Council of Europe Finds Evidence of Forced Sterilization of Romani Women in Slovakia

News Type

Commissioner for Human Rights Calls on Slovak Government to Accept Responsibility for Failing to Protect Women from Illegal Sterilizations and to Enact Laws to End Practice
Primary Content

On October 29, the Commissioner for Human Rights of the Council of Europe concluded that "it can reasonably be assumed" that Romani women in Slovakia were sterilized without their informed consent as documented in a human rights report released earlier this year by the Center for Reproductive Rights and Poradna pre obcianske a ludské práva, a Slovak human rights group. The Commissioner released its Recommendation one day after the Slovak government issued its own report denying that illegal sterilizations occured. The Commissioner found that the Slovak government's investigation "is unlikely ... [to] shed full light on the sterilization practices" because of the intimidating atmosphere created by law enforcement officials who, throughout the investigation, have threatened and intimidated victims, witnesses and human rights defenders.

"The Commissioner for Human Rights' conclusions call into question the Slovak government's denial of the sterilization of Romani women without their informed consent," said Christina Zampas, the Center for Reproductive Rights' Legal Adviser for Europe. "The Slovak government should take full responsibility for these human rights abuses."

The Slovak government should accept its "objective responsibility for failing to ensure that no sterilizations were performed without free and informed consent, as required by international human rights instruments" and "redress should include compensation and an apology" for the victims, according to the Commissioner for Human Rights. The Commissioner also called for rapid adoption of a new law requiring free and informed consent for medical procedures, including sterilizations, in line with international legal standards.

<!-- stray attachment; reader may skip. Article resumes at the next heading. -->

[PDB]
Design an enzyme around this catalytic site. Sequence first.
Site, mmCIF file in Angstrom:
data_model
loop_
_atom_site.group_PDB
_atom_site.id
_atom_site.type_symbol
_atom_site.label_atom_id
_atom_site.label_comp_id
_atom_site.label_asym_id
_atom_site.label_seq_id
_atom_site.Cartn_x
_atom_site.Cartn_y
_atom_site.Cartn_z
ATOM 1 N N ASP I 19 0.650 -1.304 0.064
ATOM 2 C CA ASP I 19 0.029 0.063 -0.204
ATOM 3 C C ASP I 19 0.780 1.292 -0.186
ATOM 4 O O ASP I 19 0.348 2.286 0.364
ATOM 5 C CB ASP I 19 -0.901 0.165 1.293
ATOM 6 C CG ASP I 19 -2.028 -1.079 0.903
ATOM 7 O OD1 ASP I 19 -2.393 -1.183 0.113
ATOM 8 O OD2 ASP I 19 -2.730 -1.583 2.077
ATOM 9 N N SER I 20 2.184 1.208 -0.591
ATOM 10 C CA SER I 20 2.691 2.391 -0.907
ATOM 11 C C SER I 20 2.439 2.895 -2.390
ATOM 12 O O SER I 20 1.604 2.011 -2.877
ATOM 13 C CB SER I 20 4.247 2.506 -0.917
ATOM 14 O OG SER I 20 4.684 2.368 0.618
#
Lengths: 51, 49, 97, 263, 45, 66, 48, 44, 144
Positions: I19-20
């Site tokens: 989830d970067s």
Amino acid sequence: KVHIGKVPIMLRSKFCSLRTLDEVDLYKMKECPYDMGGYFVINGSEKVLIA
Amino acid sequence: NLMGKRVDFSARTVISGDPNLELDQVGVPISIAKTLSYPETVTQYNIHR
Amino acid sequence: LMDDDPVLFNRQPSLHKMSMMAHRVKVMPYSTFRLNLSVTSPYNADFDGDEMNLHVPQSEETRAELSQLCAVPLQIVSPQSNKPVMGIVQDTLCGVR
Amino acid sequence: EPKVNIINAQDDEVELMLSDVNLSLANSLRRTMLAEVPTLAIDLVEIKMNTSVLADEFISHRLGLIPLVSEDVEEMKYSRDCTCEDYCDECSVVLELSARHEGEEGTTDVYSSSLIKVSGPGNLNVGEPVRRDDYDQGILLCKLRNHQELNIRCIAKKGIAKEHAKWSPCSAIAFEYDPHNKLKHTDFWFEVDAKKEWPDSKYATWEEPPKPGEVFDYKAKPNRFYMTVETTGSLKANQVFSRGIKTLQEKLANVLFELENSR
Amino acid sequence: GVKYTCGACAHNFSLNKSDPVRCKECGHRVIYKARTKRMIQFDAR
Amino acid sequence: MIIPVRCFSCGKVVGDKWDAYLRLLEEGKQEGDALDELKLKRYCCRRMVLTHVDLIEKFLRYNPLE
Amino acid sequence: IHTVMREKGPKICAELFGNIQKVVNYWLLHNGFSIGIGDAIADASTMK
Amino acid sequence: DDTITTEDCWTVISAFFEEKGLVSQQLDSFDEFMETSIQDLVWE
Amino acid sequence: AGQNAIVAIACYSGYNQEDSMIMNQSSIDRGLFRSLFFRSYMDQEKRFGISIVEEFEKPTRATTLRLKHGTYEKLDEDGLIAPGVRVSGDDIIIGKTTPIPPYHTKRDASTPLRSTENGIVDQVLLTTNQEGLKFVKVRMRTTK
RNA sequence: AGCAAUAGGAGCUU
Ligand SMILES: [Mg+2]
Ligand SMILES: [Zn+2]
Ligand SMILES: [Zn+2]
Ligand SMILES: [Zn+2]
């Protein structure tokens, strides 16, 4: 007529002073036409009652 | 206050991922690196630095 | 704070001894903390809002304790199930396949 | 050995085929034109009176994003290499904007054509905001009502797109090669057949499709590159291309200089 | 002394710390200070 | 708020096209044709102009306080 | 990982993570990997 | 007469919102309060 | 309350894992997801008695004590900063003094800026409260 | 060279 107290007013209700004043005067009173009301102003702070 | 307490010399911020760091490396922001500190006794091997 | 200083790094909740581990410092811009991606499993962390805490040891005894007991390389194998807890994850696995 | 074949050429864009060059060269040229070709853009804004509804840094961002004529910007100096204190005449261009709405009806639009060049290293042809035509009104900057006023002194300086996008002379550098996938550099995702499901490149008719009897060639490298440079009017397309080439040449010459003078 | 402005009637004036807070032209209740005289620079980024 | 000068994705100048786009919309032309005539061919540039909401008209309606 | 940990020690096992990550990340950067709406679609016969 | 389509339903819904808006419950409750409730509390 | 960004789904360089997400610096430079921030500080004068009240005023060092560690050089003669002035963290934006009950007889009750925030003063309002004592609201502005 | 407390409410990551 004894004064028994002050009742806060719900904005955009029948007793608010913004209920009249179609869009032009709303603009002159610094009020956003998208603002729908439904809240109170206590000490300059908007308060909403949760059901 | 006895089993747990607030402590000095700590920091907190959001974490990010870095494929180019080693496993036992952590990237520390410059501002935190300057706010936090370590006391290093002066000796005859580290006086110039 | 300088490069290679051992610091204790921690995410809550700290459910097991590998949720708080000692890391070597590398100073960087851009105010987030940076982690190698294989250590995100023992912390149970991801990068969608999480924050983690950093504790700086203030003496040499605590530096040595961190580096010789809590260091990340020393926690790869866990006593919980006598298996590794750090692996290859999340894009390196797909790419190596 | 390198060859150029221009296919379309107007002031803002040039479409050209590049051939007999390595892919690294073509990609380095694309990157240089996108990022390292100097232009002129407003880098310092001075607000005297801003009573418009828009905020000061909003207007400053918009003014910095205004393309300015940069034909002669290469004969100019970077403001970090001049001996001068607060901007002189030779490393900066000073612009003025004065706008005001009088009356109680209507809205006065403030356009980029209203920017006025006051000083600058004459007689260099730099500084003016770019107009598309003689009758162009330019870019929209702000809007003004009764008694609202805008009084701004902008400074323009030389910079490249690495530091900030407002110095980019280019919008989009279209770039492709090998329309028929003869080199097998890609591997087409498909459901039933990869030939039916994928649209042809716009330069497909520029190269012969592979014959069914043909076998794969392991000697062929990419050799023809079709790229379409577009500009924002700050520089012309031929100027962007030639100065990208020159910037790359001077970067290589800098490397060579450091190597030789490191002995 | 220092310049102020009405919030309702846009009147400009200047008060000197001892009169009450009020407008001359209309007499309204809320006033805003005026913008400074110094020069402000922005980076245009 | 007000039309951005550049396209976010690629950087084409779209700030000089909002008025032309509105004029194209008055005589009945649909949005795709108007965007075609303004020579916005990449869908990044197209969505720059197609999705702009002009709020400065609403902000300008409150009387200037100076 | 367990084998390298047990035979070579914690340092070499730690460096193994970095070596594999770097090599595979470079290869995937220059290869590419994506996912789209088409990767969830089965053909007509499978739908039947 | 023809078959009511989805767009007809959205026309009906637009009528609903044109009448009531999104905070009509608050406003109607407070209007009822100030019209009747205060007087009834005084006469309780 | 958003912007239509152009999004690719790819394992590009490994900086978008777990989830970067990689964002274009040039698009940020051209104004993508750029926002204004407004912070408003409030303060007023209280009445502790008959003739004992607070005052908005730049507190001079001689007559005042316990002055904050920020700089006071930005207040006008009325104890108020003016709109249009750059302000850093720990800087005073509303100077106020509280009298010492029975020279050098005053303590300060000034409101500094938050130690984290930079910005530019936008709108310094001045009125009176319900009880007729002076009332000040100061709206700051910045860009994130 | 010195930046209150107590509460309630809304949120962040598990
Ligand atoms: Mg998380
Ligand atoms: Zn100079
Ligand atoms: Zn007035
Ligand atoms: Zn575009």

The Commissioner's report also calls on the Slovak government to guarantee the basic right of patients to access their medical files, which the Commissioner notes has made it difficult for many Romani women victims to bring cases to court. "The Slovak government must cease all efforts to prevent the victims of forced or coerced sterilization from seeking their right to legal redress and enact laws that will put an end to this horrible practice," said Barbora Bukovská, Executive Director of Poradna.

Body and Soul: Forced Sterilization and Other Assaults on Roma Reproductive Freedom in Slovakia documented 110 cases of Romani women who were forcibly and coercively sterilized in public hospitals in eastern Slovakia. It also exposed other violations of Romani women's rights such as verbal and physical abuse, segregation in maternity wards and other racially discriminatory standards of care, misinformation in health matters, and denial of patient access to medical records. The report is based on interviews with Romani women, non-Romani women, obstetricians, gynecologists, hospital administrators and government officials that took place in eastern Slovakia in 2002.

Contact Numbers for:
Christina Zampas: +46-707-452-803
Barbora Bukovská: +44-20-7843-0480

The Center for Reproductive Rights is a nonprofit, legal advocacy organization that promotes and defends the reproductive rights of women worldwide. Founded in 1992 (as the Center for Reproductive Law and Policy), the Center has used international human rights law to advance the reproductive freedom of women and has strengthened reproductive health laws and policies across the globe by working with more than 50 organizations in 44 nations including countries in Africa, Asia, East Central Europe, and Latin America and the Caribbean.

The Centre for Civil and Human Rights (Poradna pre obcianske a ludské práva) is a nonprofit organization engaged in advocacy and strategic litigation on discrimination against Roma in the Slovak Republic. Contact info: Kovácska 28, 040 75 Košice. Tel./Fax: +421-55-670 9518, +421-908-695 531.